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Greenhouse gas emissions: Australia’s emissions from all sectors, including land use change, have risen from around 550 million tonnes of carbon dioxide equivalents (MtCO2eq) in 1990 to around 600 MtCO2eq in 2007 (CO2eq is the unit used to compare the warming effects of different GHGs, such as CO2, methane and nitrous oxide, over a 100-year period; DCC, 2009a). There have been three main contributors to emissions over this period: energy, agriculture and land use change (Figure 2.6). The largest source of emissions is the energy sector, with emissions of more than 400 MtCO2eq in 2007. The dominant contributor to energy emissions is the stationary energy sector, which is in turn dominated by CO2 emissions from coal combustion (DCC, 2009a). Emissions from the energy sector have increased steadily from 1990 to 2007, rising from around half of Australia’s emissions in 1990 to more than two-thirds in 2007. Over the same period emissions from agriculture (mostly methane from ruminant digestion and nitrous oxide from fertiliser use) have been relatively constant, at around 90 MtCO2eq per year, or 15 per cent of Australia’s emissions in 2007. Land use change (including net emissions from deforestation, afforestation and reforestation) has been a declining source of emissions since 1990. This reduction in land use change emissions reflects a substantial decline in annual rates of forest clearing in Australia due to changing regulatory and market conditions (DCCEE, 2010a).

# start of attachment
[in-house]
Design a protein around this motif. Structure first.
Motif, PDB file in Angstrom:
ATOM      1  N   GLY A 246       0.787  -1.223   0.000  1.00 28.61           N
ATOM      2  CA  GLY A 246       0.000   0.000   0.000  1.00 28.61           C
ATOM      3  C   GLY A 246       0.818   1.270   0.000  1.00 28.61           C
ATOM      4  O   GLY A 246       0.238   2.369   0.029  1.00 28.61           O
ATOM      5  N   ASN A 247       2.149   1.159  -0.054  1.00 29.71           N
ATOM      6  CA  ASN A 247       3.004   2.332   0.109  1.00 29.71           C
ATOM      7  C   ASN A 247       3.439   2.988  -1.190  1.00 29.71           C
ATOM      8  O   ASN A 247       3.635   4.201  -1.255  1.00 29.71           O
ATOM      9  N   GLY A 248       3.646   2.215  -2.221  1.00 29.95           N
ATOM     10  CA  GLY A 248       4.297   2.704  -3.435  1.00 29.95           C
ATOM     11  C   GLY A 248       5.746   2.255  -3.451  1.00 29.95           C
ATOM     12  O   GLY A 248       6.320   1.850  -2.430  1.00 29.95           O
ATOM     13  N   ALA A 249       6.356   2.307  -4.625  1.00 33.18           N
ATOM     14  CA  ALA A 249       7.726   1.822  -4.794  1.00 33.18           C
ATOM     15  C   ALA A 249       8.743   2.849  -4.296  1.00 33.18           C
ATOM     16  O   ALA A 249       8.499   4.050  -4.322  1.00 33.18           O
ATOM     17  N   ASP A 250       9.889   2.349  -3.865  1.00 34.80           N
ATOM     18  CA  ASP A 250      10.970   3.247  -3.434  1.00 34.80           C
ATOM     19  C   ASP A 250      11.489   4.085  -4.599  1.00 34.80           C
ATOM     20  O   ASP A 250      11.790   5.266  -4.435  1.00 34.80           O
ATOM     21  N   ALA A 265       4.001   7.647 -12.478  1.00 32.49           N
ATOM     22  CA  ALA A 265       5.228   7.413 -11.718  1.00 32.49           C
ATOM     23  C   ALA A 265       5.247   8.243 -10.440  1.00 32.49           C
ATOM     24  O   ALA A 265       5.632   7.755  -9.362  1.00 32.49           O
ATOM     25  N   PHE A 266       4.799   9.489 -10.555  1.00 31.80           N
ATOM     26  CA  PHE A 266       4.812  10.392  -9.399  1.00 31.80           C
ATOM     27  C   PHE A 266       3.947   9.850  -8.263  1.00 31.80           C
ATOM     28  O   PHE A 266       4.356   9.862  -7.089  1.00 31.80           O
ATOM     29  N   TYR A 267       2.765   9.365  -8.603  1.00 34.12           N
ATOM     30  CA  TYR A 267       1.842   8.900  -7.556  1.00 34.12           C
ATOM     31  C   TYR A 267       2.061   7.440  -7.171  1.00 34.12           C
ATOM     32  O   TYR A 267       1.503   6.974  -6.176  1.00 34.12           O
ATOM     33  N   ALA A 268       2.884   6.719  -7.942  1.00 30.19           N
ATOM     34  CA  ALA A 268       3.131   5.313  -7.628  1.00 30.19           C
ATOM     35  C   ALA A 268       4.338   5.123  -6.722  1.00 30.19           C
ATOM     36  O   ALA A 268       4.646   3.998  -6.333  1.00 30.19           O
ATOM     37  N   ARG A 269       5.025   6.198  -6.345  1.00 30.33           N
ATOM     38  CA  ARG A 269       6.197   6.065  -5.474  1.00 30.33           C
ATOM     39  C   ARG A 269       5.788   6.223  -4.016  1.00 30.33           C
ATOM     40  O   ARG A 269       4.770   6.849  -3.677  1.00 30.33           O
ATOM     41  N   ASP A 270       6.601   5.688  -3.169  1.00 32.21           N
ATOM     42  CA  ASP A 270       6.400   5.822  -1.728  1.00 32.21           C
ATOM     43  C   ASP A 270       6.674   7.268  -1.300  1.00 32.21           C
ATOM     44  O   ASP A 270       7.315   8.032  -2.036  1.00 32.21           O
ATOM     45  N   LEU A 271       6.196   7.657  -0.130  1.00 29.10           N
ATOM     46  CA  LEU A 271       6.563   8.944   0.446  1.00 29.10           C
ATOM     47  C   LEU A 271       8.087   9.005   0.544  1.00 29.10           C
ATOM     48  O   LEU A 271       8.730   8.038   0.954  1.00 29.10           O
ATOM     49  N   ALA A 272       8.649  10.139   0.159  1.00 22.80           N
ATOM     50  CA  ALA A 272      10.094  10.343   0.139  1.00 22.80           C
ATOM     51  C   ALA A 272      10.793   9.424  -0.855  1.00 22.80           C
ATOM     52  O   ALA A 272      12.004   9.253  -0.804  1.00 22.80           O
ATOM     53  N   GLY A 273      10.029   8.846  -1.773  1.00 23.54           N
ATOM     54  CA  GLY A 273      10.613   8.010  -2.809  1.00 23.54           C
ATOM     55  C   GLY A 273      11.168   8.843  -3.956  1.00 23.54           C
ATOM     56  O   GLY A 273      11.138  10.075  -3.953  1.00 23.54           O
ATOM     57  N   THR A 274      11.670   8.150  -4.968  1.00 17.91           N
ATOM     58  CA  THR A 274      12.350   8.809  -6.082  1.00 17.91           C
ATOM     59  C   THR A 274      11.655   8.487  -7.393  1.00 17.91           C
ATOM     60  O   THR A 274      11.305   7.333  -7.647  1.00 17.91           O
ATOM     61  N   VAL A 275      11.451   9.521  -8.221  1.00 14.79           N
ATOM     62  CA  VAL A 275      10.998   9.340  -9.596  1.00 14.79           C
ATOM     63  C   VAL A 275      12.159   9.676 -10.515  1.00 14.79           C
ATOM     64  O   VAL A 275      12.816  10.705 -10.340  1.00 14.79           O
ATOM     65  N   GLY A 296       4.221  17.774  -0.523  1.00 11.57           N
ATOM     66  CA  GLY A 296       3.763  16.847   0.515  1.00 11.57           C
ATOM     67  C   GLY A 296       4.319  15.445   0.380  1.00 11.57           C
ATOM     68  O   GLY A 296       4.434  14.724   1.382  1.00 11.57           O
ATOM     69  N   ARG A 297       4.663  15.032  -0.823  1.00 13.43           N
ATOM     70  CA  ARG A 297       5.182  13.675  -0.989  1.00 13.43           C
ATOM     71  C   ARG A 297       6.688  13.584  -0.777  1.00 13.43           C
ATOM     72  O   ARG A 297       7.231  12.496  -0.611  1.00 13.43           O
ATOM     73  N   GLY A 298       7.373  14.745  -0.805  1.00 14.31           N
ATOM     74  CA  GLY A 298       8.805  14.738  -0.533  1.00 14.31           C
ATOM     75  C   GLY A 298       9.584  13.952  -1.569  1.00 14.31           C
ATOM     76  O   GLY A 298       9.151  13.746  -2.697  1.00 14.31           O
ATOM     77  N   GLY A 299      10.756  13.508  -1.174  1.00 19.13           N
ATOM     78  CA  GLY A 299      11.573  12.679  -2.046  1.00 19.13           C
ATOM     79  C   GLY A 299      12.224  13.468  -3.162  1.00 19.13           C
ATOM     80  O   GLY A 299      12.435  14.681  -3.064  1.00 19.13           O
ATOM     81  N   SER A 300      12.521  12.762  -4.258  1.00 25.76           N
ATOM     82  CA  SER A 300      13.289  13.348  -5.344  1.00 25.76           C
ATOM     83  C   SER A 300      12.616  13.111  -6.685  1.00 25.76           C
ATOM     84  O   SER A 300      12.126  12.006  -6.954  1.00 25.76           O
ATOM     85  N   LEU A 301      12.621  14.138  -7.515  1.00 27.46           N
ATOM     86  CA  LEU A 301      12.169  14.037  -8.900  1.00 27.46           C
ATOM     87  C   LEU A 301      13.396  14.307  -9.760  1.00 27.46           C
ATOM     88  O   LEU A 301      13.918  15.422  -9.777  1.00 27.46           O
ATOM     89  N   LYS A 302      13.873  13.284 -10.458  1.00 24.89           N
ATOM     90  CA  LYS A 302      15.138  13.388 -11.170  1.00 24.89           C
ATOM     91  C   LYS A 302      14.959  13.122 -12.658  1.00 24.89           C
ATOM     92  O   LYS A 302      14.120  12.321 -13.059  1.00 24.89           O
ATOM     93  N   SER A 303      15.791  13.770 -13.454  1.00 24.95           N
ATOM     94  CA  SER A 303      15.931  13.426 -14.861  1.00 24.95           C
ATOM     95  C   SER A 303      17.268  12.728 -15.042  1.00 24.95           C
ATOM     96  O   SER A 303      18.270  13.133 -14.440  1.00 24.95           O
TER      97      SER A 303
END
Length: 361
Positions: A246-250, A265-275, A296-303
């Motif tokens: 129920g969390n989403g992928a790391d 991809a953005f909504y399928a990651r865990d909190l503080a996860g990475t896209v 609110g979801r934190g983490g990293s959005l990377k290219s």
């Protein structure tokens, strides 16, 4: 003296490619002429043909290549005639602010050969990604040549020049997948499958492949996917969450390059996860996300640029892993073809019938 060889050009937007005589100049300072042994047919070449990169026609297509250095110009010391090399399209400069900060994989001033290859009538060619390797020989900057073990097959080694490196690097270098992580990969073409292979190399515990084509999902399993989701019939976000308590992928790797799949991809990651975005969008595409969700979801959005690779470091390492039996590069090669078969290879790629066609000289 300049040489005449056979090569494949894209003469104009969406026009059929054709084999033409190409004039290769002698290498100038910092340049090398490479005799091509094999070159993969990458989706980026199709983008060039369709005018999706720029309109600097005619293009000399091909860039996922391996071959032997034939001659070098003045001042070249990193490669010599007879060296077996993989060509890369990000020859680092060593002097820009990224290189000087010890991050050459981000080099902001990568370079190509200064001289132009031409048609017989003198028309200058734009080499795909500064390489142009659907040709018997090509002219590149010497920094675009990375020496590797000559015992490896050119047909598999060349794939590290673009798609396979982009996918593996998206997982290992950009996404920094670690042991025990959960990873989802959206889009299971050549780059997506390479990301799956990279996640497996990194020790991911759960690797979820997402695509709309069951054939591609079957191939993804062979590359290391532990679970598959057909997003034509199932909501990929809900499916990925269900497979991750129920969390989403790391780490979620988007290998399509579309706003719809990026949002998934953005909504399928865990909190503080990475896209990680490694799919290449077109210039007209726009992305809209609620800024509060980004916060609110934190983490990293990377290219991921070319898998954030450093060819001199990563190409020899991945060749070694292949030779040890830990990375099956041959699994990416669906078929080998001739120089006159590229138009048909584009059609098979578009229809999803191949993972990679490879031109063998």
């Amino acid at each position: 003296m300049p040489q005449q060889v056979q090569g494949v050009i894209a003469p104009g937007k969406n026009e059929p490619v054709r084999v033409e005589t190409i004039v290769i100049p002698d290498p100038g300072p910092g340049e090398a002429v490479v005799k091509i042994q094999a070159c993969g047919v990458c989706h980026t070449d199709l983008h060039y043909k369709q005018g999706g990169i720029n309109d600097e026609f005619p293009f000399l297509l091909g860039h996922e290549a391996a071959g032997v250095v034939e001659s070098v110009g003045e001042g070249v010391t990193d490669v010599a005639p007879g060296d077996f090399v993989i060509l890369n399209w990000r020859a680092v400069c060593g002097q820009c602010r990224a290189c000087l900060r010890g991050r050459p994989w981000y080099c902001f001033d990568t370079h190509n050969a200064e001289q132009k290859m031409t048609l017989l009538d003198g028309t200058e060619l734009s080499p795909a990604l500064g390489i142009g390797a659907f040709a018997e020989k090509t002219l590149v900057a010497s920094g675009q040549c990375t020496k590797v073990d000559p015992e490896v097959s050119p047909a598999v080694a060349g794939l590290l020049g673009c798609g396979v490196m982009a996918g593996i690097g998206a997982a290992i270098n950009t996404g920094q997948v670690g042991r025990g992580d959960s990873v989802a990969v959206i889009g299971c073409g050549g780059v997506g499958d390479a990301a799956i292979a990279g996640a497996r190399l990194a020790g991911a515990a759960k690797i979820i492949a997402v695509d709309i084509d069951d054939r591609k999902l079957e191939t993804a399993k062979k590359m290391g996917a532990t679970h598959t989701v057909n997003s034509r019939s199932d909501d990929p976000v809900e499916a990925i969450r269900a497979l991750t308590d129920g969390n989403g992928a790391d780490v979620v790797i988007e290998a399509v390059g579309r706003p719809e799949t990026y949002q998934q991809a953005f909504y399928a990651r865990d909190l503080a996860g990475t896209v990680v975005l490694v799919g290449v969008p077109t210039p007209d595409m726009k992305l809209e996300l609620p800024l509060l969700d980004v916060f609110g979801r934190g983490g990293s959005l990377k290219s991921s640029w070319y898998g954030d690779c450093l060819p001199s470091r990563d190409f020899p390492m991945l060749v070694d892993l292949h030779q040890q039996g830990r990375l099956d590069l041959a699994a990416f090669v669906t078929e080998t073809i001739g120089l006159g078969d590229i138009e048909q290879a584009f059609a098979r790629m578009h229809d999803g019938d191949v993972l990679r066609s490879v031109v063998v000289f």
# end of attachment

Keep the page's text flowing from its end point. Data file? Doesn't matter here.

Figure 2.6: Australia’s greenhouse gas emissions from all sectors, including net land use change, from 1990 to 2007 (DCC, 2009a; DCCEE, 2010a). Net land use change includes net emissions and removals from deforestation, afforestation and reforestation. Percentages shown on the right indicate the sectoral share of total emissions in 2007 (2007 total = 597 MtCO2eq). CO2eq is carbon dioxide equivalents—the unit used to compare the warming effects of different greenhouse gases over a 100 year period; Mt is million tonnes.
At present the only land-based emission sources and sinks accounted for in the National Greenhouse Gas Inventory shown in Figure 2.6 are those due to deforestation, afforestation or reforestation of land since 1990 (DCC, 2009a). Changes in carbon stocks on the vast majority of Australia’s landscape are not included in these estimates. This land can change yearly from a net carbon sink to an emissions source. This inter-annual variation is driven primarily by climate variability, for instance drought or high rainfall, and natural disturbances such as bushfire or insect attack. These natural factors tend to dominate over influences attributable to humans, such as agricultural land management practices (DCCEE, 2010a).